Monday, June 17, 2013

Hand Block Printed Fabric From India

I have suddenly become a fabric importer. How and why did that happen?? Well, I had an epiphany! To promote hand printed "yardwork-artwork", I don't necessarily have to do the hand printing myself. In fact printing yardage with my own hands is impractical considering the expensive city I live in and the space and time I have, not to mention the number of hands I have (only two!).  

And, for the past year or so, I have been developing an appreciation for the hand printed cotton fabrics from India.  Some of these are carried by other sellers on Etsy.  But almost all of these sellers live in India, which means high postage and a rather long wait!  

I had this important "ah ha!" moment about promoting fabric after watching a video presentation about an art project by the Chinese artist Ai Weiwei. The show was most recently at the Tate Modern in London (I was not, unfortunately!) and was titled "Sunflower Seeds" because the gallery floor was covered, by the artist, in millions of sunflower seeds. However, these were not ordinary sunflower seeds, but hand-crafted porcelain sunflower seeds. 

Ai Weiwei employed 1,600 workers for five years to make 100 million porcelain seeds. The workers, or artisans, were from Jingdezhen, a city in China well known for its exquisite porcelain pottery. Watching this video, I had the sudden realization that whole communities had their economies and life styles wrapped up in these deeply traditional and expert crafting skills-and that this was in stark contrast to my own community. 

Of course this is something I always knew, but it was suddenly a fact that became more important to me. As an artist, designer, and part-time craftsperson, I've often felt at odds with my environment. It is a struggle. Not only do I get paid less than people in other skilled professions, but my activities are solitary and my efforts can feel unimportant to the "whole." I don't think I am alone in this feeling. Don't we all want to be a part of and make a difference in the world?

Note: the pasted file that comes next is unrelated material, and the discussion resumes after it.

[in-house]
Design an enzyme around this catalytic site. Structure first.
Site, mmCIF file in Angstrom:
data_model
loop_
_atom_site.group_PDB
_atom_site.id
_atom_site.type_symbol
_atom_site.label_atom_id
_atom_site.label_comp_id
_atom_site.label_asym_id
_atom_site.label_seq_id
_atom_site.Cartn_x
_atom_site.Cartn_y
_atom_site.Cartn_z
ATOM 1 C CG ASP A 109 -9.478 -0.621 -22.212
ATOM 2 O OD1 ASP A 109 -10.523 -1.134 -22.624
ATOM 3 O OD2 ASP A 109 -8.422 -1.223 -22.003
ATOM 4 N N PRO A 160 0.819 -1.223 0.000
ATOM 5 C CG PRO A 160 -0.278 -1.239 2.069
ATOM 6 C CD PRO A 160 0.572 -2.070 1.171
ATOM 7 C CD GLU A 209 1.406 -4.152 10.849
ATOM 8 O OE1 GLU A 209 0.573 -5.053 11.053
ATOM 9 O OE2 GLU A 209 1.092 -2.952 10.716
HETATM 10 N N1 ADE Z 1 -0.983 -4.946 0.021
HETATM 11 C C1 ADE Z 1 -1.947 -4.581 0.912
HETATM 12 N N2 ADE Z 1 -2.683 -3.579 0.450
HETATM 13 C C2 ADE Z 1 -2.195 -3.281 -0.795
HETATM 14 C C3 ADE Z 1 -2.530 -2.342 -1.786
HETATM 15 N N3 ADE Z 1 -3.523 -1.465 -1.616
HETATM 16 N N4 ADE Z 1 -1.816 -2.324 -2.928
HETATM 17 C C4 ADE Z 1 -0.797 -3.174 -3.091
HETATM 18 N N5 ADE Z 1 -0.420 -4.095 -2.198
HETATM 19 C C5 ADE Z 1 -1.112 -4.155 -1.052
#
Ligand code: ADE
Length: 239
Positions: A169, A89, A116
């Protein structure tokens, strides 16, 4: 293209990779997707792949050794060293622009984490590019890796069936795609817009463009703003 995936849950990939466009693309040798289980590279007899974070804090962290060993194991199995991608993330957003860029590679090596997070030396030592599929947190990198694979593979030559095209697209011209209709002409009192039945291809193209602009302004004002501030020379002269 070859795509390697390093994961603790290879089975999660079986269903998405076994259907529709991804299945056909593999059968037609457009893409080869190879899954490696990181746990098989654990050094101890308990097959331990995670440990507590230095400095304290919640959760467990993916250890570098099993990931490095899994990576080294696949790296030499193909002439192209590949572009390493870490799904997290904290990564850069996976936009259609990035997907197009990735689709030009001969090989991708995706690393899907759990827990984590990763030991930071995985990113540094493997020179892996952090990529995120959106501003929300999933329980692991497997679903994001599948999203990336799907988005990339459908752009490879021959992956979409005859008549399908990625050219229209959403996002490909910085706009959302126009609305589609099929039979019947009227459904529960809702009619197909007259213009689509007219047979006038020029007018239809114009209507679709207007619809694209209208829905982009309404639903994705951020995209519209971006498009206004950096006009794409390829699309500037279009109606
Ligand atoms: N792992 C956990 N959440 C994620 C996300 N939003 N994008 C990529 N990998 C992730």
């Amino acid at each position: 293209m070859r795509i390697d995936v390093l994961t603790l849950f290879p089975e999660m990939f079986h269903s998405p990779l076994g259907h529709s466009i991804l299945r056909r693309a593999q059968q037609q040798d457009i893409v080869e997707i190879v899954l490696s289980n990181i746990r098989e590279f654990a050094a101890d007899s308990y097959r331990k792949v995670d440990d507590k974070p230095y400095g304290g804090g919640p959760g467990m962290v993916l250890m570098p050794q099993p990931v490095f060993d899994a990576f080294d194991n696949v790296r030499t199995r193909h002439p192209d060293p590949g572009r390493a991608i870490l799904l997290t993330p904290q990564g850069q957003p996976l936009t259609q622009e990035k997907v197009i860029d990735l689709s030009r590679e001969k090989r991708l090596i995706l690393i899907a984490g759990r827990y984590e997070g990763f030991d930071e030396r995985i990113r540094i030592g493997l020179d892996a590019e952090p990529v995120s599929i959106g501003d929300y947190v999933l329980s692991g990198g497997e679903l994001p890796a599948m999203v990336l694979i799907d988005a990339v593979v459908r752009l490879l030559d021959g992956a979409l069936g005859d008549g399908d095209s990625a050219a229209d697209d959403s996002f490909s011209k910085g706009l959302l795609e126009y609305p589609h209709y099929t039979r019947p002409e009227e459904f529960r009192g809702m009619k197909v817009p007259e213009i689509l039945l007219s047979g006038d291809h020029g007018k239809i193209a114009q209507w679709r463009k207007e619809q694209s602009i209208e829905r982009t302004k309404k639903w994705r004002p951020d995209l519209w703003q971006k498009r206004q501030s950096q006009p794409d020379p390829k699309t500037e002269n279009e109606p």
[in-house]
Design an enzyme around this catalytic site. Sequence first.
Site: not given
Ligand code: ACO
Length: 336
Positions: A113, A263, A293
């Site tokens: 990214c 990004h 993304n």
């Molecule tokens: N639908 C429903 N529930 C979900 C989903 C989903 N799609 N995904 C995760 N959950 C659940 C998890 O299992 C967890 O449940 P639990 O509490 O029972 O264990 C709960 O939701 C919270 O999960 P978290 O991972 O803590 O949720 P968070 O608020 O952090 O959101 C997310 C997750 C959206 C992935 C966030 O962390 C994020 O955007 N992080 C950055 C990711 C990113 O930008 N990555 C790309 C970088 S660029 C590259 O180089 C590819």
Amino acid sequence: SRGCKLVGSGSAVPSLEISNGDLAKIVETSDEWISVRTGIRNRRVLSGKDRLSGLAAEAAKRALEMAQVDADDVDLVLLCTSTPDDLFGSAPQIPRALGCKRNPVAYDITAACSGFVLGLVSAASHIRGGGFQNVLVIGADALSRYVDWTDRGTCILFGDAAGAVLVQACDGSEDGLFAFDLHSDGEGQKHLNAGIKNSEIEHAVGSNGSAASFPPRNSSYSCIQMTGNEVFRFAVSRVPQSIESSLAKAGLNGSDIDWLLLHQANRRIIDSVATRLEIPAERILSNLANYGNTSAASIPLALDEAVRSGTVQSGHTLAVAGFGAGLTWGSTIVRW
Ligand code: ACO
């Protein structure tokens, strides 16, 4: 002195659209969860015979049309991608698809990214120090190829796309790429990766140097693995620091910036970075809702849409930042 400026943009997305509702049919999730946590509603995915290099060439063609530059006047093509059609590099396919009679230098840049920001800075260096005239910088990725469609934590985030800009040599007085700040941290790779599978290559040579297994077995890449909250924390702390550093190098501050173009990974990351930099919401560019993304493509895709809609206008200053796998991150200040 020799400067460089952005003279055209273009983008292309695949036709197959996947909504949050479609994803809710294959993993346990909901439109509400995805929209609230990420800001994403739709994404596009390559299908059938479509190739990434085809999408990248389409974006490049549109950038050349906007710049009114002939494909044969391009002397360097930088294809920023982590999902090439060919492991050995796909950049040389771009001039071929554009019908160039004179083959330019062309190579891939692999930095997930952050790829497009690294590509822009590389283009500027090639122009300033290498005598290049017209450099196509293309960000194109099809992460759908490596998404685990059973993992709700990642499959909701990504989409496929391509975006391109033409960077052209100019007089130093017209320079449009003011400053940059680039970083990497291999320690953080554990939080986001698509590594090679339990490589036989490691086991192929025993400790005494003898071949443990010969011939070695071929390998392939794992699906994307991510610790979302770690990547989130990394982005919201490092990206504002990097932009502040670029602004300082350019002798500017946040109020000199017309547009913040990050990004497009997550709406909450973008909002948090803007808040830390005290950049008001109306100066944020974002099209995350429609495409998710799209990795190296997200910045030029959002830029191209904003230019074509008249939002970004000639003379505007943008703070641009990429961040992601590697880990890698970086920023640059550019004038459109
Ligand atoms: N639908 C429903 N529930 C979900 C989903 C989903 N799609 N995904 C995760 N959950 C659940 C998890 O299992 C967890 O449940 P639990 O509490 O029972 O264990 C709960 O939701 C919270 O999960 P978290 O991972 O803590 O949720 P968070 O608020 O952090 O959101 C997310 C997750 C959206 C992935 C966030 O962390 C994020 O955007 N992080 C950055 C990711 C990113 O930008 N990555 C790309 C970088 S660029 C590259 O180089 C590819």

Suddenly there was a window through which I could see a way, within my line of work, to make a small difference for other people and, at the same time, communicate my personal "aesthetic judgment.”

So, after a lot of internet research, emailing, and sampling, I took the step (a leap of faith!) required to bring my own selection of fabrics from India to Yardwork. My very first online fabric order, which was the minimum number of meters required to buy wholesale, employed six printers for four weeks. So, if nothing else, I have done that. 

And this is not just a purely financial, import-export  transaction, but also very much a collaboration. I chose patterns that appealed to me and would complement my own classically contemporary designs. I was able to choose which prints would be in which colors. The block printers in India have the access and the means to hand print yardage in large quantities using natural pigments and dyes, and I do not. The communication, although only through email, was friendly and I would wake up most mornings excited to read "Namaste from India". I am recognizing that this village in India has a textile tradition that is valuable, although in danger, and I want to support it and bring their fabric closer to my "village." And by doing that I will bring my village of buyers closer to them. I hope it is the beginning of a long and fruitful relationship!

Personally I think their fabrics look fabulous on my shop page! So colorful and, well, comfortable and at home. I plan to have some fun with this and come up with a few projects that combine my hand printed swatches and theirs. And if I can sell fabric, I can buy more fabric. We can all be happy!

Isn't it beautiful?

Now for some "insider info" for my blog readers! I wanted to try out Etsy's new coupon code feature. Without thinking about it too much, I chose the THANK YOU option. Etsy will send a code for 40% off the next purchase to anyone who buys something in my shop through August 31st. So, go buy the least expensive thing, which would be a fat quarter ($4.50), and enjoy 40% off the total of your next purchase!

Your purchase helps to keep this beautiful craft tradition (and my shop!) alive!

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